I still have all of what's in this photo and, from time to time, use the lenses on my Canon 20D.

IMAGE: http://www.skipd.artin.org/Nikon-Cameras.jpg

The 300 mm lens in my collection is the same as the upper one in the photo above.

By the way, I bought all this stuff in 1967.

Skip Douglas
A few cameras and over 50 years behind them .....
..... but still learning all the time.

  
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phreeky
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Jun 08, 2011 23:19 |  #23

Damn old people! ;)

It is a little disappointing that because of the electronic control it's not possible to full utilise current Canon lenses on alternative bodies (i.e. the various mirrorless cameras getting around).

From a ergonomics PoV I don't particularly like the aperture ring as I rarely check what aperture I have set due to mentally tracking it, and when using lenses with the aperture rings I'll often knock them to something else without noticing.




  
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roosterslayer
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Jun 09, 2011 00:07 |  #24

if you're shooting nikon digital, the aperture ring has to be locked at f/22 or else you get an error message. so even if you do have an older AF-D lens it will perform just the same as a new lens on a digital body. Ai-S lenses are a different story though ;)

i personally like using my Takumar SMC 55 f/1.8. something about manual focusing feels just great.


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Lester ­ Wareham
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Jun 09, 2011 13:14 |  #25

I came from manual match needle Canon FD system, again aperture selection, the aperture selection on Canon EF bodies seemed odd but I soon adapted.

In fact if you think about it if you are manual focussing then you will need to swap between the focus ring and the aperture ring with the Nikon/FD traditional system.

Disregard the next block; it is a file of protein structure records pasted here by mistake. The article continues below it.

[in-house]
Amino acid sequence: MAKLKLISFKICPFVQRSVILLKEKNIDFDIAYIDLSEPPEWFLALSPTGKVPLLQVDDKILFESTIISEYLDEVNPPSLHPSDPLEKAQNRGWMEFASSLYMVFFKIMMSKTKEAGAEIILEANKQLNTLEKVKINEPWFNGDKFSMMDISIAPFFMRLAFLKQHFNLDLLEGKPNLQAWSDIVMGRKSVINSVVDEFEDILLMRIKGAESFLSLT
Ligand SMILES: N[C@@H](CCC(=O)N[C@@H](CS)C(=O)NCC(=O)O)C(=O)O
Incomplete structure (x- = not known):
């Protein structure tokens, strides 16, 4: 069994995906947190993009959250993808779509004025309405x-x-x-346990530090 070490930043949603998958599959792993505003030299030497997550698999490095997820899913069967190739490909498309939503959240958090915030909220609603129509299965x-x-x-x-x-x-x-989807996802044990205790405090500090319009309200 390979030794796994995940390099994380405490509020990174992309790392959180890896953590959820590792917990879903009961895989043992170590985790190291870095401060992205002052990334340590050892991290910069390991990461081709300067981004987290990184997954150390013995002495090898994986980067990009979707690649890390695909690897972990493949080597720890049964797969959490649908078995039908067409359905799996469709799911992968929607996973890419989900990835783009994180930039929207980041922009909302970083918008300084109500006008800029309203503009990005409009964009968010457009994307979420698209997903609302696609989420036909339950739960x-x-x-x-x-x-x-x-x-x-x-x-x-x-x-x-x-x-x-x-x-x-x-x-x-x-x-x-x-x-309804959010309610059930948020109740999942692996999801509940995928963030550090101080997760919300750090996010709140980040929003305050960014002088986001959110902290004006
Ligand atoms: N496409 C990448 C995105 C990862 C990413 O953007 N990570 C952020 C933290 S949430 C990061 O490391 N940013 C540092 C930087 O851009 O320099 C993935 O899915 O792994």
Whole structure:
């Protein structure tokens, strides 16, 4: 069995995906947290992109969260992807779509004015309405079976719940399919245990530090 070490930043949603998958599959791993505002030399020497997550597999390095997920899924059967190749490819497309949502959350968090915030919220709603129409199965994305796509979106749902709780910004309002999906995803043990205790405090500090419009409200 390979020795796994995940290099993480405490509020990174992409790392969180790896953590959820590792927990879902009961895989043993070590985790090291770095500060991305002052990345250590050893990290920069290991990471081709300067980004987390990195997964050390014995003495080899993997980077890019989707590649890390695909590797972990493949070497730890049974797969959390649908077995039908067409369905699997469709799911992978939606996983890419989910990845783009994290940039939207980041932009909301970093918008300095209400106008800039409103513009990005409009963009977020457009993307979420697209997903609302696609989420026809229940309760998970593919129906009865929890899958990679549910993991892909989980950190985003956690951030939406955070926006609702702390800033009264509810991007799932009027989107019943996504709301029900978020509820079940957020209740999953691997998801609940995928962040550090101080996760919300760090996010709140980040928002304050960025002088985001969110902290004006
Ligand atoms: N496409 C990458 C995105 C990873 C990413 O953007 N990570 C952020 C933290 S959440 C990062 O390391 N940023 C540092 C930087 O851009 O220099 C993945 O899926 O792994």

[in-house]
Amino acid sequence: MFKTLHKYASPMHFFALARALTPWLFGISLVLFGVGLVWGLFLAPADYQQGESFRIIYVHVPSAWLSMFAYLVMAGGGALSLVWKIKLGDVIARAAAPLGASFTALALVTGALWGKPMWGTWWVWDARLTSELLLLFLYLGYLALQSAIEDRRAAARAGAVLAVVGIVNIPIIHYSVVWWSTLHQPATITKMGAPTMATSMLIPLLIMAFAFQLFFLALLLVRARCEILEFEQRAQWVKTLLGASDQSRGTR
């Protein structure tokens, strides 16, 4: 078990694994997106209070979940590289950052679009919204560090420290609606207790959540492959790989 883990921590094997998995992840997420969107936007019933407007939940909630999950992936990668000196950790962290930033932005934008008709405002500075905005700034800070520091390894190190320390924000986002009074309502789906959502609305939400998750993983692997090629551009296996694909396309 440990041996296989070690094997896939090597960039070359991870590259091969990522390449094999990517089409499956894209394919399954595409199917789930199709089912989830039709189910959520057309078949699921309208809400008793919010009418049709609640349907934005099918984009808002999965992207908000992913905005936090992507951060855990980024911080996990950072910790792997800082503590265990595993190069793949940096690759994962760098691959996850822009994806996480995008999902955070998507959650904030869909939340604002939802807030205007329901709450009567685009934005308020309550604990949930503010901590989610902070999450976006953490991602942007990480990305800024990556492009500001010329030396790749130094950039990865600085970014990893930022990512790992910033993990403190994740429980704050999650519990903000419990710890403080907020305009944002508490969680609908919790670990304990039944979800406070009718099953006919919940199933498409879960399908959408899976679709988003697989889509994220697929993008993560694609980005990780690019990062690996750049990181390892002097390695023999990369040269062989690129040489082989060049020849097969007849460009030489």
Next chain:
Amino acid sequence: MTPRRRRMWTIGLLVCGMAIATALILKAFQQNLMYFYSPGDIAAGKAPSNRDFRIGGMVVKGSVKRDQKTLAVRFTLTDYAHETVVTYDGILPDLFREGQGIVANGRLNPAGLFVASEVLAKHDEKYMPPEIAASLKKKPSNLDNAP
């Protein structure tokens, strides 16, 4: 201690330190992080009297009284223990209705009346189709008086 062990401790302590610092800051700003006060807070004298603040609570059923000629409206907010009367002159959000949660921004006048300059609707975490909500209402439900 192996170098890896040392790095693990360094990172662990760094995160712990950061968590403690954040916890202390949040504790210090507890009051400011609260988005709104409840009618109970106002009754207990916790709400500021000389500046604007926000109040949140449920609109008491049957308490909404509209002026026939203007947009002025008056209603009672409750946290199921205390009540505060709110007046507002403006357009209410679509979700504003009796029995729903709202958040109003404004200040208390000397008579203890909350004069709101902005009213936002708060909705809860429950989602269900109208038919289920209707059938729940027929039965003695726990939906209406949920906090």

On the EF system the left hand does focus, the right 2nd finger shutter speed, 1st finger shutter button and the thumb the aperture on the quick adjust dial on the back - is this not better?


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Jun 09, 2011 19:48 |  #26

Lester Wareham wrote in post #12564528 (external link)
On the EF system the left hand does focus, the right 2nd finger shutter speed, 1st finger shutter button and the thumb the aperture on the quick adjust dial on the back - is this not better?

Lester,, I have my Canon DSLRs set up where the quick control dials I can scroll through and adjust the focus points, with I change often and quickly.

When shooting in manual mode the main dial plus the magnify button adjusts my aperture.


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themadman
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Jun 09, 2011 19:50 |  #27

All old manual lenses have an aperture ring on the lens... If you like it, just get some manual lenses for your Canon :D


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Jun 09, 2011 20:09 |  #28

themadman wrote in post #12566700 (external link)
All old manual lenses have an aperture ring on the lens... If you like it, just get some manual lenses for your Canon :D

I still have a bag full of MF AI-S Nikkors ranging from 20mm to 300mm, some going back to the late 1970s. One day I'll adapt these to my Canon DSLRs,, if I can prize them from my niece who still shoots film.


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Jun 10, 2011 12:36 |  #29

yogestee wrote in post #12566690 (external link)
Lester,, I have my Canon DSLRs set up where the quick control dials I can scroll through and adjust the focus points, with I change often and quickly.

When shooting in manual mode the main dial plus the magnify button adjusts my aperture.

Right, I use the joy stick control for AF point selection (can't remember the Canon name) - of course that means the thumb is doing double duty.

Even in auto exposure the quick control is exposure comp.

These modern cameras as so complicated we will always run out of fingers. :rolleyes:


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Jun 10, 2011 13:09 |  #30

roosterslayer wrote in post #12561794 (external link)
if you're shooting nikon digital, the aperture ring has to be locked at f/22 or else you get an error message.

Yep I was going to say this as soon as I read the title. Just ran into this problem with my friends D90/50 1.8D, couldn't figure out why it wouldn't work. That was just the problem.




  
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Nikon's Aperture Ring Vs Canon's Aperture Selection